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GM and A123Systems to Co-Develop Lithium-Ion Battery Cell for Chevrolet Volt

General Motors and A123Systems will co-develop cells with A123Systems’ nanophosphate battery chemistry for use in GM’s electric drive E-Flex system. (Earlier post.) The agreement is expected to expedite the development of the batteries for both electric plug-in vehicles and fuel cell variants of the E-Flex architecture.

The contract calls for A123Systems to develop battery cells to meet the specific requirements of GM’s E-Flex system. The E-Flex electric vehicle architecture was first shown in the Chevy Volt concept car revealed earlier this year. (Earlier post.)

Breakthrough battery technology will drive future automotive propulsion, and the company that aligns with the best strategic partners will win. That's what is so important about this deal. Whether you’re talking about the Chevy Volt, a fuel cell or even a plug-in hybrid such as our planned Saturn Vue, we need to understand the fundamental battery cell performance.

—Bob Lutz, GM vice chairman of Global Product Development

The Chevy Volt will offer average commuters an all-electric range of 40 miles, potentially eliminating most trips to the gas station.

The Chevy Volt will lead the automotive industry in a new direction. We see a future where vehicles run on electricity and are equipped with clever ways of making electricity on board, making us less dependent on gasoline. It’s the next great paradigm shift in our industry, an opportunity largely due to the rapid advancement in battery cell technology by companies such as A123Systems and LG Chem.

—Bob Lutz

Earlier this year, GM awarded two contracts for advanced development of battery packs, which require the integration of multiple battery cells, to Compact Power, Inc., a subsidiary of Korean battery manufacturer LG Chem, based in Troy, Mich.; and Frankfurt, Germany-based Continental Automotive Systems, a division of Continental A.G., a tier one automotive supplier. (Earlier post.)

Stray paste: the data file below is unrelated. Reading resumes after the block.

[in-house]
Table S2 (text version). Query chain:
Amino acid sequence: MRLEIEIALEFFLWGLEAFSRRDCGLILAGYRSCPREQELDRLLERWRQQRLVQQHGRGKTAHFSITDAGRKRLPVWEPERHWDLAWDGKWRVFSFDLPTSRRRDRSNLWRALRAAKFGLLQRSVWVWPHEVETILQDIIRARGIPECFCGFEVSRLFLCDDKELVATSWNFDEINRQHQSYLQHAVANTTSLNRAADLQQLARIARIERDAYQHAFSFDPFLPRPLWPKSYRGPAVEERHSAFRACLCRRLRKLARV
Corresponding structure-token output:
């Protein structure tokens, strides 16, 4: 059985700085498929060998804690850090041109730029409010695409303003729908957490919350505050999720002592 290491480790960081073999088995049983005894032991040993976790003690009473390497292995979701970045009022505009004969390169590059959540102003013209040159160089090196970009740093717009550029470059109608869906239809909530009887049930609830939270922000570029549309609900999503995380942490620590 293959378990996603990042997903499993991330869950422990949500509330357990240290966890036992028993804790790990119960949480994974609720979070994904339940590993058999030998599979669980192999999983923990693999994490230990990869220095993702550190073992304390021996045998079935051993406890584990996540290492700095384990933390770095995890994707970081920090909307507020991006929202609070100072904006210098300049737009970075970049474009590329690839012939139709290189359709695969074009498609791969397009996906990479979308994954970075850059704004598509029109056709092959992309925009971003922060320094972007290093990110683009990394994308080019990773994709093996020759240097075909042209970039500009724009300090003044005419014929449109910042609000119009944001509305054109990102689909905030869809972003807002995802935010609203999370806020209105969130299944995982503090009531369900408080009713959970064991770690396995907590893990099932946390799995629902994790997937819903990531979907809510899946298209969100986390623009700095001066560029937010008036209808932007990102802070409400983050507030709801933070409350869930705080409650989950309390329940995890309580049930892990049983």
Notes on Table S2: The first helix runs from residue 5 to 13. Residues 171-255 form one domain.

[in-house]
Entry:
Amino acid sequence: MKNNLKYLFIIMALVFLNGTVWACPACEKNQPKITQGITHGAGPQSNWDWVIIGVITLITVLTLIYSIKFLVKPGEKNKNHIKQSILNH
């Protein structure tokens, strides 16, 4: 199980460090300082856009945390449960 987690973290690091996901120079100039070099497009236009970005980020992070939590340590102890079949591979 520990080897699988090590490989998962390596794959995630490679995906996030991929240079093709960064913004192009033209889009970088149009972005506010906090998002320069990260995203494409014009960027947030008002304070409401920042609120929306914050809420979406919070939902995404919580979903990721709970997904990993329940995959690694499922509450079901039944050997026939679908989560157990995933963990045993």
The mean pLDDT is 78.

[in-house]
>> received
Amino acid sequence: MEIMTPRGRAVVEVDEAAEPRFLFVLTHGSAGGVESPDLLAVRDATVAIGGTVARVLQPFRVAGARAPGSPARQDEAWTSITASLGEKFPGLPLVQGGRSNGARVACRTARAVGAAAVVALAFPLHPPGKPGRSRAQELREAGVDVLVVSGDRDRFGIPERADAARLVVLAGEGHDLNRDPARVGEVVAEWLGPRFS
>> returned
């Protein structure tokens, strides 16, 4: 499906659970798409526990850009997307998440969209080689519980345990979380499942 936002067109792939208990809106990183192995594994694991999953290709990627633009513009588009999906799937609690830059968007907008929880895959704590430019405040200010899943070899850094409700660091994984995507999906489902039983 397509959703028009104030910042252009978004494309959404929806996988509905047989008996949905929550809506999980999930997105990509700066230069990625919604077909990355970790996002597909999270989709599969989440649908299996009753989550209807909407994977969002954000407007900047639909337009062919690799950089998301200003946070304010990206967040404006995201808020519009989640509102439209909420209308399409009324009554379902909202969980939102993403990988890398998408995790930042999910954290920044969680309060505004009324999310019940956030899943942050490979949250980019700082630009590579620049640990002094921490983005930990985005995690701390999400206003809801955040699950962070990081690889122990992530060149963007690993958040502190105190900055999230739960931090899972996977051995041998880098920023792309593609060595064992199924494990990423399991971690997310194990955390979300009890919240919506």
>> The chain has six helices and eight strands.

Under these agreements, one contract was awarded to CPI, which will use battery cells developed by parent company LG Chem. A separate contract was issued to Continental, which will use the cells being co-developed by GM and A123Systems.

A123Systems and LG Chem are both top-tier battery suppliers, with proven technologies. We’re confident one, or possibly both of these companies’ solutions will meet our battery requirements for the E-Flex system.

—Denise Gray, director of GM’s Energy Storage Devices and Strategies

Dave Vieau, A123Systems’ CEO, said this type of battery will be advantageous in other transportation industries as well.

We’re talking today about the Volt and implications that it will have on the electrification of passenger vehicles, but the technology goes a lot further than that. The weight, size, safety and performance of these batteries have implications on all transportation, including hybrid buses, trucks and aircraft.

—Dave Vieau

A123Systems currently manufactures more than ten million cells annually, making it the world’s largest producer of batteries with nanophosphate chemistry. Most of these cells are used in rechargeable power tools.

In May, A123Systems introduced its automotive-class, large-format 32-series Li-Ion cells specifically designed for Hybrid Electric Vehicle (HEV) and Plug-in Hybrid Electric Vehicle (PHEV) use. The 32-series lineup initially consists of two cells with custom nanophosphate electrode designs, based on the same proven chemistry as the mass-produced ANR26650M1 cell: the 32113 M1Ultra and 32157 M1HD. (Earlier post.)

The 32113 M1Ultra high power cells are designed to meet the requirements of HEV applications, with high power by volume and cost-per-watt. The 32113 is currently designed into A123Systems’ programs with major US and European auto manufacturers.

The 32157 M1HD cell uses a higher-energy electrode design geared specifically for PHEVs, and should offer greater volumetric energy density and the lowest cost per watt-hour. Currently used in the GM Saturn Vue PHEV development program, the 32157 is designed to offer superior calendar and cycle life at high depth-of-discharge (DOD), as well as excellent power density for charge-sustaining operation.



they [GM] aren't idiots




What is your point jack? If you don't have a company that is successful all the time you (and everyone in your organization) are idiots?

Please, tell us what company you work for...


What is your point jack?

That GM is run by idiots and has been for a long time.